Harry Potter and the Half-Blood Prince

Harry Potter and the Half-Blood Prince by J.K Rowling
J.K Rowling
Jul 19, 2022

Harry Potter and the Half-Blood Prince is the sixth book in the Harry Potter series and
is written by J.K. Rowling. In this entry, humanity (both the muggle and the wizard sides of it) is
in despair. The Ministry of Magic (led by a new minister) fully accepts that Voldemort is back for
good and are even informing some of the powerful muggle leaders about the danger that the
world faces. Tragedies and killings are daily occurrences now, and wizards and muggles alike
are preparing for what seems to be the end. The presence of Voldemort and his Death Eaters
ensure that no place, not even Hogwarts, is safe. However, this isn’t stopping the mighty Albus
Dumbledore, and he’s doing everything he can to prepare and play his most valuable card:
Harry Potter. Dumbledore and Potter find out that Voldemort has split his soul into different
parts and had them stored in artifacts (known as Horcruxes), and some of these Horcruxes had
even been destroyed in past events of the series. While finding and destroying these Horcruxes,
Potter must also deal with school and the load of work that comes from it. Romance is in every
teen’s mind at Hogwarts, but so is disaster and tragedy. If Dumbledore and Harry Potter aren’t
careful, then wizards and muggles around the world are doomed.

For me, Harry Potter and the Half-Blood Prince is where the books in this franchise start to show some cracks. The Horcrux plot in this book was only there to set up the story for the series finale, and while it still is
exciting, it doesn’t make sense to introduce such an important plot point in the second to last
book in a seven-book series. Furthermore, Ginny hasn’t been the most compelling character in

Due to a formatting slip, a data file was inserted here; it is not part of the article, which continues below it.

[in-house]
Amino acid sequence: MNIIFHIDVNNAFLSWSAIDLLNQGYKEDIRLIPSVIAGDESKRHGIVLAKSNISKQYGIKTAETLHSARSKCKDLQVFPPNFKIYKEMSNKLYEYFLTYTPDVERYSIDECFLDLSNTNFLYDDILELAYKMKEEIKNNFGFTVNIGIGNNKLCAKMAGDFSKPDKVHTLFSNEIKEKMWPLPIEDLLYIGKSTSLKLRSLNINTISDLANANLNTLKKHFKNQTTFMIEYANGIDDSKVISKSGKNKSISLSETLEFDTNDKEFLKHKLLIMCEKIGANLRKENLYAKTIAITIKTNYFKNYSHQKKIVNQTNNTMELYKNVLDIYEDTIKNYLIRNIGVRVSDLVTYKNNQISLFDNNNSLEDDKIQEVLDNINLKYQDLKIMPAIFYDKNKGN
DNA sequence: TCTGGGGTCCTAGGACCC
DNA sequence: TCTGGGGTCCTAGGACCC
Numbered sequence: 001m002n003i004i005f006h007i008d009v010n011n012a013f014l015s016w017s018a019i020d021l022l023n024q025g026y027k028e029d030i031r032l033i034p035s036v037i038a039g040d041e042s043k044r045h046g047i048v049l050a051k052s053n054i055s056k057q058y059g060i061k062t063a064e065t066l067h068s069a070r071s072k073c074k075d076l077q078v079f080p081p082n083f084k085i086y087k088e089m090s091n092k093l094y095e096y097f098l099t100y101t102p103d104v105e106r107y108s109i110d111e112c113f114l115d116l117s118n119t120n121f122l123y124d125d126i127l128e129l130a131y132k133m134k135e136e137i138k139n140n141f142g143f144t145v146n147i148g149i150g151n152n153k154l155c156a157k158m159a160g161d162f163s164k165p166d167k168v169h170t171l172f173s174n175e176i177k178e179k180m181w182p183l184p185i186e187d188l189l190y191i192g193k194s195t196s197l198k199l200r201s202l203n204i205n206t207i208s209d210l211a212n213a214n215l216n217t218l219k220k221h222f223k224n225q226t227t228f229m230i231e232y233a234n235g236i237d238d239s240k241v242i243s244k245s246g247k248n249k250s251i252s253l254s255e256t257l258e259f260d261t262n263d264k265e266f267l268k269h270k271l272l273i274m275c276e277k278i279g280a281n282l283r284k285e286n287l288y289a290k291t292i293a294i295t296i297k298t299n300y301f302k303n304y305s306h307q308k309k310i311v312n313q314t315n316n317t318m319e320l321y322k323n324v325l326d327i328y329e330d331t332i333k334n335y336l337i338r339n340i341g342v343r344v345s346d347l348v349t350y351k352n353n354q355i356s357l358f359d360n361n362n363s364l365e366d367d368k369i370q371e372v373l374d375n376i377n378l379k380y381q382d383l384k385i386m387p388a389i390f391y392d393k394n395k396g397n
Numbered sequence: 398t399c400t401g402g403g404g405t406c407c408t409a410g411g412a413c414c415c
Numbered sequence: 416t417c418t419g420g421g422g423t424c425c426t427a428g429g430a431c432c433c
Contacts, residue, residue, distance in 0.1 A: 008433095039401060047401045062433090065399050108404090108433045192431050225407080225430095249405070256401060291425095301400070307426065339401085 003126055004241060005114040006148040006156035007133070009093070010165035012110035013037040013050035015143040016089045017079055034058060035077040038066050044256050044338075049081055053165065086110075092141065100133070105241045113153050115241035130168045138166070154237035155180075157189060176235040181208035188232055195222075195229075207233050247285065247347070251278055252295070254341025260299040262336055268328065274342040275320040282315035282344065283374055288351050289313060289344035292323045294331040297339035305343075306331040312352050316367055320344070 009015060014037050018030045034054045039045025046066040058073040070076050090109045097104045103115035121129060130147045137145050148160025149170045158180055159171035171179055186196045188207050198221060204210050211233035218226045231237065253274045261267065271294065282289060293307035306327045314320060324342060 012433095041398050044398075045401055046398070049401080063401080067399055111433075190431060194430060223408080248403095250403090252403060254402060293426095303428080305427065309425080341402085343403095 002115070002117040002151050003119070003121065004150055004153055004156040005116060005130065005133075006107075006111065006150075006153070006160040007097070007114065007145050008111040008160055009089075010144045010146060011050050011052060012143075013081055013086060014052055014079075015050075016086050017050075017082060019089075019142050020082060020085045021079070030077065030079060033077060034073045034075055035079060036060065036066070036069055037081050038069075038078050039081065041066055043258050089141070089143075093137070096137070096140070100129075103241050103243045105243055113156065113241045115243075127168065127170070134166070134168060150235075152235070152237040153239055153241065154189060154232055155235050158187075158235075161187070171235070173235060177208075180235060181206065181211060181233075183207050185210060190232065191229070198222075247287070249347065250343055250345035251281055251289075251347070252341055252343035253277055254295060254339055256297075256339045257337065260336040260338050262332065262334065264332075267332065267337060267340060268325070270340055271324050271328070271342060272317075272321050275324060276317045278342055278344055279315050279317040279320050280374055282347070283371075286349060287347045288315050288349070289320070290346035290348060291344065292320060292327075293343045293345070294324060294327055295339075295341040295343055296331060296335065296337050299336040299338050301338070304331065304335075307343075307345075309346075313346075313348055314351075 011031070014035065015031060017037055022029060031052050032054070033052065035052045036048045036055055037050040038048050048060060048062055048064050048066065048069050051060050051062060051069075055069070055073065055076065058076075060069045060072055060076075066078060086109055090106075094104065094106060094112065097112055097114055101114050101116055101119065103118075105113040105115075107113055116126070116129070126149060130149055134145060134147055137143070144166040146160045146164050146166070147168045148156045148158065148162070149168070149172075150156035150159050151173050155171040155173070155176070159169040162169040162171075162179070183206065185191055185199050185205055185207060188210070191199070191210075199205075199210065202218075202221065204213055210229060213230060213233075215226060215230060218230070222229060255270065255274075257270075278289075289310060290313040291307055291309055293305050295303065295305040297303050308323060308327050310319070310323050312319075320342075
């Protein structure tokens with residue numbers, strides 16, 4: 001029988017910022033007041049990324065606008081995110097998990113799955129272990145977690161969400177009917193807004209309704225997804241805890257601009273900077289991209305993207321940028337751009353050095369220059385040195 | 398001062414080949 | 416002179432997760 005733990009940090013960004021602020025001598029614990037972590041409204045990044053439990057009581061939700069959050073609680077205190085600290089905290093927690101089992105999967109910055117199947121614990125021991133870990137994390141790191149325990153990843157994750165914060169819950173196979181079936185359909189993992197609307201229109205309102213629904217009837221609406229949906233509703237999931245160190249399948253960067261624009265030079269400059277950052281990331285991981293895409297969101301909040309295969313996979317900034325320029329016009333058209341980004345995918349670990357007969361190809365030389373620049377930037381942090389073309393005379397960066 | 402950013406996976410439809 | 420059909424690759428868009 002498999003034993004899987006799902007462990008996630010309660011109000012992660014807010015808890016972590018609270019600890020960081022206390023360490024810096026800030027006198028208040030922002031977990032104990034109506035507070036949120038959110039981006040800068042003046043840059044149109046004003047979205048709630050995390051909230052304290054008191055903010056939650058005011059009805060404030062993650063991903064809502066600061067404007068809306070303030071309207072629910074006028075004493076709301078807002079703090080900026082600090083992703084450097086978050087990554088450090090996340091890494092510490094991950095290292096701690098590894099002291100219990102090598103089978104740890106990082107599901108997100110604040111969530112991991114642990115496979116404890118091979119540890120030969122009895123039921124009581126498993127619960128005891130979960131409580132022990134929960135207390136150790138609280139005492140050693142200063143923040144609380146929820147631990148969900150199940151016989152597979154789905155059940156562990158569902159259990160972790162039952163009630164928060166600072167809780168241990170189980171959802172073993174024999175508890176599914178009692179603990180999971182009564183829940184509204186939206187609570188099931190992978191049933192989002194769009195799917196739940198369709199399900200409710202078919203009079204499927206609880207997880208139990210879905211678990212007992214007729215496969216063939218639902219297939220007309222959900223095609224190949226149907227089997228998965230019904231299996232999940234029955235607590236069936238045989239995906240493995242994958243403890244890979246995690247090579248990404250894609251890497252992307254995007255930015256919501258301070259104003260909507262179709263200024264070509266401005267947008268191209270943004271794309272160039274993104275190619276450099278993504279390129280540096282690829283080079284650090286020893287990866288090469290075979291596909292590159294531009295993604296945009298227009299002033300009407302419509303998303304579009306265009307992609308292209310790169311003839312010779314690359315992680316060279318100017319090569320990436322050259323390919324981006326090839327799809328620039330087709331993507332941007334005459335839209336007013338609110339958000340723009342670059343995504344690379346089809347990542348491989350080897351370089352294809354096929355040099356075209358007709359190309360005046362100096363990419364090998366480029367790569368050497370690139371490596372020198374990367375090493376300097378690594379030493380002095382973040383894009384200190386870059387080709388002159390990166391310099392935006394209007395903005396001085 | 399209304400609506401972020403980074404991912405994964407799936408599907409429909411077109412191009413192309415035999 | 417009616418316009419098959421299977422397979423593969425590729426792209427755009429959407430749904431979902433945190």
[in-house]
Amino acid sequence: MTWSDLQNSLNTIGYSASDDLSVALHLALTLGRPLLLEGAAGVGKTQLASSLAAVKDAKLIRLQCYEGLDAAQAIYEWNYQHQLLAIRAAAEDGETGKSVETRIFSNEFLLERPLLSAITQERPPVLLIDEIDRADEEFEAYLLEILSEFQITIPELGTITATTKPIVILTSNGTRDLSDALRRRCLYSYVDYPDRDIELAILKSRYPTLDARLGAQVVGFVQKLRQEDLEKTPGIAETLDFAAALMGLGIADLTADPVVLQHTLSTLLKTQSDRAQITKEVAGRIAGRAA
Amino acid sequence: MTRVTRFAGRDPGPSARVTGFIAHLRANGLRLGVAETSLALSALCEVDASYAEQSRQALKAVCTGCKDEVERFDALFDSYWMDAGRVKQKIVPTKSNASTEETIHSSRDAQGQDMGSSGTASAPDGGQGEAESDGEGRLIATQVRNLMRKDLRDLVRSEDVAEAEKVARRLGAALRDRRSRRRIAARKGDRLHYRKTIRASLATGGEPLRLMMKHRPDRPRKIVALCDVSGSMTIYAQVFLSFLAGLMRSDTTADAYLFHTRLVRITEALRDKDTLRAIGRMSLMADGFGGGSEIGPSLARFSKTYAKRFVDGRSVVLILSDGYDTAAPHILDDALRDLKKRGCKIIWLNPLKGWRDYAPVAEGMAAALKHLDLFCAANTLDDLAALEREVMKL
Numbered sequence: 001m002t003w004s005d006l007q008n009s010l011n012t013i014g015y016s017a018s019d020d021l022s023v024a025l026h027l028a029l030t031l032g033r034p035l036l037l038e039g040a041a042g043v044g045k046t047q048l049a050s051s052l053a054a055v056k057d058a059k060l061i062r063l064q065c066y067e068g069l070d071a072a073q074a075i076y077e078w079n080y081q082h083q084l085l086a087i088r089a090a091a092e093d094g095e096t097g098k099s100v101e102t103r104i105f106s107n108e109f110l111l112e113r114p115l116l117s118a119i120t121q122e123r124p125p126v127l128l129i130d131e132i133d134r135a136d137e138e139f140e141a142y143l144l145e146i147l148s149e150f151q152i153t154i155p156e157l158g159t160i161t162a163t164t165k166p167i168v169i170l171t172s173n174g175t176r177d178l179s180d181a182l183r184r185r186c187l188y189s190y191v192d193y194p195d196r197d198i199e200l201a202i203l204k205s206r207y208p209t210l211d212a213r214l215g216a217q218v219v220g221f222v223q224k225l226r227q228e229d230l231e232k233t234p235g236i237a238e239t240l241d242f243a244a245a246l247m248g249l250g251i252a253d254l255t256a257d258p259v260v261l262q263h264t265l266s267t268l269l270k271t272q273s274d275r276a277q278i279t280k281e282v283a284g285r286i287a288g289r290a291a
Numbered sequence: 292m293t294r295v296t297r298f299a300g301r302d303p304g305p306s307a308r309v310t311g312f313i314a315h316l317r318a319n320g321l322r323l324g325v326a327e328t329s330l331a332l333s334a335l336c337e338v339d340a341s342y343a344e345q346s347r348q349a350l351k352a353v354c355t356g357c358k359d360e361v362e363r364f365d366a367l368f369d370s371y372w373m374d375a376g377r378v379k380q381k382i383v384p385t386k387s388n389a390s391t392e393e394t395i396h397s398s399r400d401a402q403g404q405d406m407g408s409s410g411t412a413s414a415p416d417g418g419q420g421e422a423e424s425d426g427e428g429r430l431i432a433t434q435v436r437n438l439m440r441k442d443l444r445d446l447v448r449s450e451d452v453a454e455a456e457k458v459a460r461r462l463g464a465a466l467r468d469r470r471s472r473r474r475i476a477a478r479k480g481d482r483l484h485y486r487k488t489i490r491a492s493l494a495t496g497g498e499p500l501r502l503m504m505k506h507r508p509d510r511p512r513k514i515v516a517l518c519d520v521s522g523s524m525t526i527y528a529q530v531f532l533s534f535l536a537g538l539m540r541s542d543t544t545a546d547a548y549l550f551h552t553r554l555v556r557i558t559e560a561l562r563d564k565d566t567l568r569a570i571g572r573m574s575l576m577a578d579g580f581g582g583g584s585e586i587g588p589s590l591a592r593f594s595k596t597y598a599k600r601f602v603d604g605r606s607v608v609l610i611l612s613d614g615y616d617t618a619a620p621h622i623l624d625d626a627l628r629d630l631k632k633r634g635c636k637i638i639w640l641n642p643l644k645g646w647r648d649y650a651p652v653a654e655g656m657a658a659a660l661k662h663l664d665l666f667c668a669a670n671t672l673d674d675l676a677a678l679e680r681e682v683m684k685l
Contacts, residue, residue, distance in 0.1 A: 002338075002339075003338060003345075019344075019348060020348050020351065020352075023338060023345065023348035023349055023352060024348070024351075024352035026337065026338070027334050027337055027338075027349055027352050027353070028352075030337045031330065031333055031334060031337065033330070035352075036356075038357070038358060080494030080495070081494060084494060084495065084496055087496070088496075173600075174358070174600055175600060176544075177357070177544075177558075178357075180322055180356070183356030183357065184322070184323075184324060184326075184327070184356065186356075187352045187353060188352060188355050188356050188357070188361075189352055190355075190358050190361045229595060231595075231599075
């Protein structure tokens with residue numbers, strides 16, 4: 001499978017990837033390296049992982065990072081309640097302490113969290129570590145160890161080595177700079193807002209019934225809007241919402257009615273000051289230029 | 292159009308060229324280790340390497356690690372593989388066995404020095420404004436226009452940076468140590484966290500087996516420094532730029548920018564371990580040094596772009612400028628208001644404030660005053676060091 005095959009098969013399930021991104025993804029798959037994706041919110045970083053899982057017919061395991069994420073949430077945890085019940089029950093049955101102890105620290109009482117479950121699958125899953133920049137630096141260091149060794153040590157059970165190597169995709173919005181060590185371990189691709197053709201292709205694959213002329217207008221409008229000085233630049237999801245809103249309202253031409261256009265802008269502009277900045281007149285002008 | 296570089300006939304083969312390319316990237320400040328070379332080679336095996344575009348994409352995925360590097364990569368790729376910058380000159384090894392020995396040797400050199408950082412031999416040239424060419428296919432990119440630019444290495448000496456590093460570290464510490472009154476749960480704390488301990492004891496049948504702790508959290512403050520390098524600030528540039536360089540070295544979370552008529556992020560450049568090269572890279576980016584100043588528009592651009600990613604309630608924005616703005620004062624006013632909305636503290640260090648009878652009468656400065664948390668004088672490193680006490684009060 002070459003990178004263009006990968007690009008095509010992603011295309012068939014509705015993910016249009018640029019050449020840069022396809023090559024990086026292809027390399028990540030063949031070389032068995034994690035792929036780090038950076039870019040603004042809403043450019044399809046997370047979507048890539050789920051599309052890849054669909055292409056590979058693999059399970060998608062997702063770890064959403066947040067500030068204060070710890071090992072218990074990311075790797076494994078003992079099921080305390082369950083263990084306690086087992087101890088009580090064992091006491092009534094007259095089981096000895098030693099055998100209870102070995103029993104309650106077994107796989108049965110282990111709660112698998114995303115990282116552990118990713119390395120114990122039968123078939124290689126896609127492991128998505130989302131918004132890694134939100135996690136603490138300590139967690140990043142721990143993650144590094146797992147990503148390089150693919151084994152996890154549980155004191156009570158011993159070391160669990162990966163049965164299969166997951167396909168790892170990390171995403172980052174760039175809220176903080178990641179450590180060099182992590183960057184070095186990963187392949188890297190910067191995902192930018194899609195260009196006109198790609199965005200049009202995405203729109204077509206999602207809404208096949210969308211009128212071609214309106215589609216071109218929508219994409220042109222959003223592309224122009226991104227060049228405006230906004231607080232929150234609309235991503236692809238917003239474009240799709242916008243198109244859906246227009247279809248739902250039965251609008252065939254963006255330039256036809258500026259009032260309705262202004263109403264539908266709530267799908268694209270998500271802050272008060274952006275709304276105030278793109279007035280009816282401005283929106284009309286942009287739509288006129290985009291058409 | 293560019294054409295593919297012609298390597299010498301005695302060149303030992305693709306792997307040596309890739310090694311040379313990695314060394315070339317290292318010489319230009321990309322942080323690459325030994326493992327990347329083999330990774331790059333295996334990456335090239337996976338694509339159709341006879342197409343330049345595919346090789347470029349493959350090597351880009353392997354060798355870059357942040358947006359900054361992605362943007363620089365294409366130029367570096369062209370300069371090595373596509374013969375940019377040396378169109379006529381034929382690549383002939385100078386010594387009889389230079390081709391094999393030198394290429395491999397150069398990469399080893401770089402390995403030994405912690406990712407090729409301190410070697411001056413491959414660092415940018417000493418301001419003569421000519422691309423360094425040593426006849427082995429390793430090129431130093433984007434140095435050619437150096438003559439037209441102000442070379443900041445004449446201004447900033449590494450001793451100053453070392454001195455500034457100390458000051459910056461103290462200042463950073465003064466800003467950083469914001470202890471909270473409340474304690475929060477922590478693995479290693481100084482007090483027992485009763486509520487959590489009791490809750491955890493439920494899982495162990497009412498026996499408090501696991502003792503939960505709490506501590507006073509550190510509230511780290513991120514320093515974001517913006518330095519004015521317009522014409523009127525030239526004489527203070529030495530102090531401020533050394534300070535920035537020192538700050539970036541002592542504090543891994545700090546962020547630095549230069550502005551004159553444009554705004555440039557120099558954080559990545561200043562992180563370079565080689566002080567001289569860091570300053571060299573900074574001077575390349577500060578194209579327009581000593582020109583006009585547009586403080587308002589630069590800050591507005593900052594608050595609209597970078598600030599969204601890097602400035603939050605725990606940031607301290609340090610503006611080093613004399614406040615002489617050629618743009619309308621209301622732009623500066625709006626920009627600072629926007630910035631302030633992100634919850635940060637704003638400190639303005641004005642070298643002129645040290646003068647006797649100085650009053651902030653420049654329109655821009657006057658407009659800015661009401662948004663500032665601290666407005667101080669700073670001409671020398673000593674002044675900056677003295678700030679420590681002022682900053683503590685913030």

the series and that stays the same in this book, despite her being especially important to Harry
in this entry. Meanwhile, the two most developed and enjoyable characters in this series (Ron
and Hermione), aren’t that important and visible in this story and are very much an
afterthought. However, the most disappointing character in this book for me is Draco Malfoy.
The confident and sneering devil that was present in the beginning of the series has now been
reduced to a scared and miserable teenager. While he has been this way for a while, it’s sad to
see the path that J.K. Rowling went with his character, and this missed potential is amplified
because he’s one of the most important characters in this story. I believe that if Rowling had
made Malfoy to be a competent rival to Harry (maybe even his equal of sorts), then his
character would’ve been much better and much more satisfying.

This book isn’t the worst in the series, though it is one of the weakest. Still, it’s a great read and no one will have a bad experience with this book. Harry and Dumbledore were the best characters in this book, and
their bond was the best part. Still, it should be noted that the point where the shine of the
Harry Potter franchise starts to get dull somewhere around book 5 and 6. Get somewhere
comfortable, pop a De-Mento in your mouth (ha!), and enjoy Harry Potter and the Half-Blood

Written by
Nihanth D.

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